On August 2, 1990, I woke up from the boom of a low-flying aircraft. I realized that there is something wrong because last night the Kuwait TV news, where I was chief editor, had reported that talks in Jeddah, Saudi Arabia, on defusing an explosive crisis in the Persian Gulf collapsed because "Kuwait did not give in to Iraqi demands to write off ... debts and to relinquish some of its territory."
The Jeddah talks were held amid reports that Iraq had built up a 100,000-strong army on its border with Kuwait.
On August 2, 1990, Iraqi forces invaded Kuwait, Iraq's tiny, oil-rich neighbor. Within hours Kuwait City had been captured and the Iraqis had established a provincial government. By annexing Kuwait, Iraq gained control of 20 percent of the world's oil reserves and, for the first time, a substantial coastline on the Persian Gulf.
Why Saddam invaded Kuwait?
At the end of the Iran-Iraq War (September 1980 - August 1988), Iraq emerged with a reinforced sense of national pride, but laden with massive debts.
Iraq had largely financed the eight-year-long war through loans, and owed at least $37 billion to Gulf creditors in 1990. Iraq owed $14 billion to Kuwait.
Iraqi President Saddam Hussein called on Kuwait and the United Arab Emirates to cancel the Iraqi debt, which should have been considered payments to Iraq for protecting the Arabian Peninsula from Iranian expansionism.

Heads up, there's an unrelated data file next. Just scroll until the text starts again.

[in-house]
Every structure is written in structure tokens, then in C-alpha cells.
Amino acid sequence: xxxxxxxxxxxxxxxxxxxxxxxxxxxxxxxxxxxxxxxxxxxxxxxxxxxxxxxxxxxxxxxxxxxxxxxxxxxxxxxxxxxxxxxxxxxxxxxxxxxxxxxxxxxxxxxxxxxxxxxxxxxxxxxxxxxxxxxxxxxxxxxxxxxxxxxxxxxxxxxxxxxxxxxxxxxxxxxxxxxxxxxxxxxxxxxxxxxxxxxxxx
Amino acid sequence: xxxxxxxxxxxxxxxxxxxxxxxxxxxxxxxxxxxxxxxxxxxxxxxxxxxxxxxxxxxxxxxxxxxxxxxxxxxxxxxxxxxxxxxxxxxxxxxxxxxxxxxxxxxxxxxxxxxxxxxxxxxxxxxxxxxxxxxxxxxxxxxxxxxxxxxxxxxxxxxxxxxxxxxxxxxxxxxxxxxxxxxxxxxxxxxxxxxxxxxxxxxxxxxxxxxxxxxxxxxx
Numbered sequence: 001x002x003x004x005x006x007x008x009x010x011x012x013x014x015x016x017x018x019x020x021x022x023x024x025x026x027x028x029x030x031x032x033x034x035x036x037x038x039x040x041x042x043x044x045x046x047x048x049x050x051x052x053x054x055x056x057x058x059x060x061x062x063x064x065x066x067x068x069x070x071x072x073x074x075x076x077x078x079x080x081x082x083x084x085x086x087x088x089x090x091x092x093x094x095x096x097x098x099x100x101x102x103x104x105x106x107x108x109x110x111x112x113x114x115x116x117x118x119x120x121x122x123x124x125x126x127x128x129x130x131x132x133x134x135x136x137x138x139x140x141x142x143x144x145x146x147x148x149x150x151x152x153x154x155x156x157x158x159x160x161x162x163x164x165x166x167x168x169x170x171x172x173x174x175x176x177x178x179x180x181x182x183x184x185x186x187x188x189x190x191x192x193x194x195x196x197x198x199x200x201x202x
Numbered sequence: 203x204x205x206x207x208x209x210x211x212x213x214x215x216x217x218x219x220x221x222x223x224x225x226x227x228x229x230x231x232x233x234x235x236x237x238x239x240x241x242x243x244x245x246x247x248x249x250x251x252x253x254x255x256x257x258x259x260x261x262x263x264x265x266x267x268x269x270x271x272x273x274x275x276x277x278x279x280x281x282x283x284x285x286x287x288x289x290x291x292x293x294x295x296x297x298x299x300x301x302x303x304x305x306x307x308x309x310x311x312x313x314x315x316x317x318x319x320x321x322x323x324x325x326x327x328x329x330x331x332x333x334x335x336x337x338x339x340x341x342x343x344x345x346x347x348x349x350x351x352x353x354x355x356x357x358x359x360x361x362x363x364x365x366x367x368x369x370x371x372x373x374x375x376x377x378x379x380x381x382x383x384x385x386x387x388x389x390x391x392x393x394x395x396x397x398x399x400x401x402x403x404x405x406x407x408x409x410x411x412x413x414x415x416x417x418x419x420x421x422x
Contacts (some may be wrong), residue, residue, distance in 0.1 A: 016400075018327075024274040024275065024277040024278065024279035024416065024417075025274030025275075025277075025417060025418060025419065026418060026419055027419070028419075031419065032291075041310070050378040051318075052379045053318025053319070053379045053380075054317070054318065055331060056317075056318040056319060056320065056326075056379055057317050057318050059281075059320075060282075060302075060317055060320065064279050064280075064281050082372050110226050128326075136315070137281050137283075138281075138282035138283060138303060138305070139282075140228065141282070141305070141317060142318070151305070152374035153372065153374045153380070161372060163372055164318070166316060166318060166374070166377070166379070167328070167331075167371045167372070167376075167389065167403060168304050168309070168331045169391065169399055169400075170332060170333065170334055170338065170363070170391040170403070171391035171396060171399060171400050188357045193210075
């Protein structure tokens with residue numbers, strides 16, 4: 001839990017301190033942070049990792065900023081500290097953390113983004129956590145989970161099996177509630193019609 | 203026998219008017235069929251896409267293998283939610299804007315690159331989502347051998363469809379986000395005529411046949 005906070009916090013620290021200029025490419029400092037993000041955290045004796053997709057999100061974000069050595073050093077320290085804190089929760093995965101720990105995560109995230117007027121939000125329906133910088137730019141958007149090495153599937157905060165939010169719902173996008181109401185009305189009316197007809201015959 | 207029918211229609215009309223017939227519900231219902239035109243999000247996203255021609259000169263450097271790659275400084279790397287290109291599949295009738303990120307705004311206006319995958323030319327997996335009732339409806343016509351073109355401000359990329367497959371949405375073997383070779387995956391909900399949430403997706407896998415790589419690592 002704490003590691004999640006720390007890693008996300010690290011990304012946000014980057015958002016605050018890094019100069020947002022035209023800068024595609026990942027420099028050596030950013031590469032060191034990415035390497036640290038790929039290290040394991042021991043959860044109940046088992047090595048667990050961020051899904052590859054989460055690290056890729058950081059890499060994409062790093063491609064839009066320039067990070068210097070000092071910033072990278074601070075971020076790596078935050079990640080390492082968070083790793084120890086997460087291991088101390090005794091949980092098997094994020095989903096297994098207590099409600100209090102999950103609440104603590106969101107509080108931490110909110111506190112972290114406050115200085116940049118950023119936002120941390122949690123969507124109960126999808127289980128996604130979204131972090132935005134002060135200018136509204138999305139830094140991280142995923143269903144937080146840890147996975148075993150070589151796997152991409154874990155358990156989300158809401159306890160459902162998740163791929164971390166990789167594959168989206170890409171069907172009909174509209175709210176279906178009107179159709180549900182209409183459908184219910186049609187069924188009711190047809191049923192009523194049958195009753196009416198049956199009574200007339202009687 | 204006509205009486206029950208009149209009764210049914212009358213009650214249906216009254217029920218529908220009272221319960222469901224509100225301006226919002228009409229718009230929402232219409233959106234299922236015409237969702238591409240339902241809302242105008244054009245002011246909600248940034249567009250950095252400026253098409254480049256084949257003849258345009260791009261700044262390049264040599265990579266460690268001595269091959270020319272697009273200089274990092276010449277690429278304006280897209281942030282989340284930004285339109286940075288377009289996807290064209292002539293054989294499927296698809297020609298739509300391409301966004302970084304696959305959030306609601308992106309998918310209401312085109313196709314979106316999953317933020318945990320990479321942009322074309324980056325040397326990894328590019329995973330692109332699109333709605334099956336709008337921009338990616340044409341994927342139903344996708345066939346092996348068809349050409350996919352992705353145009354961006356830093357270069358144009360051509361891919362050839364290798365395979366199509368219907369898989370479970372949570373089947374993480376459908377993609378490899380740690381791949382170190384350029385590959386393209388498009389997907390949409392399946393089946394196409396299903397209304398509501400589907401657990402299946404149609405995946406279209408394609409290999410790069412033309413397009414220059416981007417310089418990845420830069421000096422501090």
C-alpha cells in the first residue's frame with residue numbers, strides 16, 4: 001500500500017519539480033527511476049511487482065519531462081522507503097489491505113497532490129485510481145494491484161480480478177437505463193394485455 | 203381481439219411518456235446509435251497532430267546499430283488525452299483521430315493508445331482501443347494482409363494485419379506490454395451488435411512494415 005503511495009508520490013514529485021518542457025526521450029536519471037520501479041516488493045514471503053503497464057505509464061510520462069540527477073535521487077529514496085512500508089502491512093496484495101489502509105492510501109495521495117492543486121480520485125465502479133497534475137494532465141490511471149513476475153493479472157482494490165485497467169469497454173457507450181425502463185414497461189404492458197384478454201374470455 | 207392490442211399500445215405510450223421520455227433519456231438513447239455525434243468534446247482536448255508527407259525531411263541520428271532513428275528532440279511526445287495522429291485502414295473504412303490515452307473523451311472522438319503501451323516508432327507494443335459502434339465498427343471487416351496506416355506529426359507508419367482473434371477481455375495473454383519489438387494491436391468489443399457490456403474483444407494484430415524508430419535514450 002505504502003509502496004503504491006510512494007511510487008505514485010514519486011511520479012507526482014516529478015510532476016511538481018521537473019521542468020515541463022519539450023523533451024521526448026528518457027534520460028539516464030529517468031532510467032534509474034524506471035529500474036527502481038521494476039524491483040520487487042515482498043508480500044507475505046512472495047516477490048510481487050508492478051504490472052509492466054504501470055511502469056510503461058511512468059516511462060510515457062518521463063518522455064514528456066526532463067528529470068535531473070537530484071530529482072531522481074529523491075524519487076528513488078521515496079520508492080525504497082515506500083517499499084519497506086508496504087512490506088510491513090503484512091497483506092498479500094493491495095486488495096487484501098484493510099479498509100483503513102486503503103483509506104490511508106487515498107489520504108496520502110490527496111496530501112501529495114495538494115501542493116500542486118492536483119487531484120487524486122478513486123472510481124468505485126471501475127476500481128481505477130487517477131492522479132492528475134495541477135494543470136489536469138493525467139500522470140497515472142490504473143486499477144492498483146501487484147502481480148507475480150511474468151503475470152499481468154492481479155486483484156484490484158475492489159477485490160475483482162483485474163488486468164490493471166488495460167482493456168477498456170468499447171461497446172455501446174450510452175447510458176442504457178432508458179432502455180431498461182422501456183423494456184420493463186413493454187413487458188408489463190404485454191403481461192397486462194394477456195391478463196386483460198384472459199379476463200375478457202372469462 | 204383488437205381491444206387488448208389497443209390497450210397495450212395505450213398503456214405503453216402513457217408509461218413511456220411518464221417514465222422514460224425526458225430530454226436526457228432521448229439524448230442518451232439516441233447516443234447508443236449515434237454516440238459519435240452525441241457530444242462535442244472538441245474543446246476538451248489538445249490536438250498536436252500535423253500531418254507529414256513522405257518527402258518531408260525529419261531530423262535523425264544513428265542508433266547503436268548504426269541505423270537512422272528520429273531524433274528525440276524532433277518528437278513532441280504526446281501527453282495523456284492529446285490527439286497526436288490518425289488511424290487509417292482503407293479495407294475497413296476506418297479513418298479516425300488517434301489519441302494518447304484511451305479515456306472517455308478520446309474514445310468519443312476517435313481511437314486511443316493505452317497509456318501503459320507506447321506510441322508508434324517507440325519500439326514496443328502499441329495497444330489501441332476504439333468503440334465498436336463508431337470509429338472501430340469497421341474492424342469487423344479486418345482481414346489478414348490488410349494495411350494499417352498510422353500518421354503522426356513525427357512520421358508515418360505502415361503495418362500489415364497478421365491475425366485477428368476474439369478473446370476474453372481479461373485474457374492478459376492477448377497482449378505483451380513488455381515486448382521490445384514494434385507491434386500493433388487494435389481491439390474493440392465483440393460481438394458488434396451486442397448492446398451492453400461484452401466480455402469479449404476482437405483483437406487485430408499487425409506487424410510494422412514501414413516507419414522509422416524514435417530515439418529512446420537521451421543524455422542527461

After Kuwait rejected Saddam's debt-forgiveness demands, he threatened to reignite a conflict over the long-standing question of ownership of the Warbah and Bubiyan Islands, to which Iraq ascribed importance because of the secure access they afforded to its ports on the Khawr 'Abd Allahthe waterway to the Persian Gulf that remained the only viable alternative to the closed Shatt Al-'Arab, cluttered with debris from the Iran-Iraq War. The dispute over the Bubiyan and Warbah Islands was a key point of contention in the lengthy history of territorial conflict between Iraq and Kuwait. [Office of the Historian, Foreign Service Institute - United States Department of State]
In July 1990, Saddam accused Kuwait and the United Arab Emirates of breaking with Organization of Petroleum Exporting Countries (OPEC) production quotas and over-producing crude oil for export, which depressed prices, depriving Iraq of critical oil revenues. In addition, Saddam Hussein alleged that Kuwait was stealing oil from the Rumayla oil field that straddled the Iraq-Kuwait border. He also demanded that Kuwait cede control of the Bubiyan and Warbah Islands to Iraq.
But on August 2, 1990, a force of one-hundred-thousand Iraqi troops invaded Kuwait and overran the country in a matter of hours.
The Iraqi Republican Guard units moved toward Kuwait City while Iraqi Special Forces secured key sites, including the islands of Warba and Bubayan, Kuwaiti air fields, and the palaces of the Emir and the Crown Prince. [Office of the Historian, Foreign Service Institute - United States Department of State]
On August 28, Iraq declared that Kuwait had become its nineteenth province.
US Ambassador to Iraq April Glaspie
Eight days before his August 2, 1990, invasion of Kuwait, Saddam Hussein met with April Glaspie, then America's ambassador to Iraq. It was the last high-level contact between the two countries before Iraq went to war.
From a translation of Iraq's transcript of the meeting, released that September, press and pundits concluded that Ms. Glaspie had (in effect) given Saddam a green light to invade, according to Carleton Cole of Christian Science Monitor.
"We have no opinion on your Arab-Arab conflicts," the transcript reports Glaspie saying, "such as your dispute with Kuwait. Secretary [of State James] Baker has directed me to emphasize the instruction ... that Kuwait is not associated with America."
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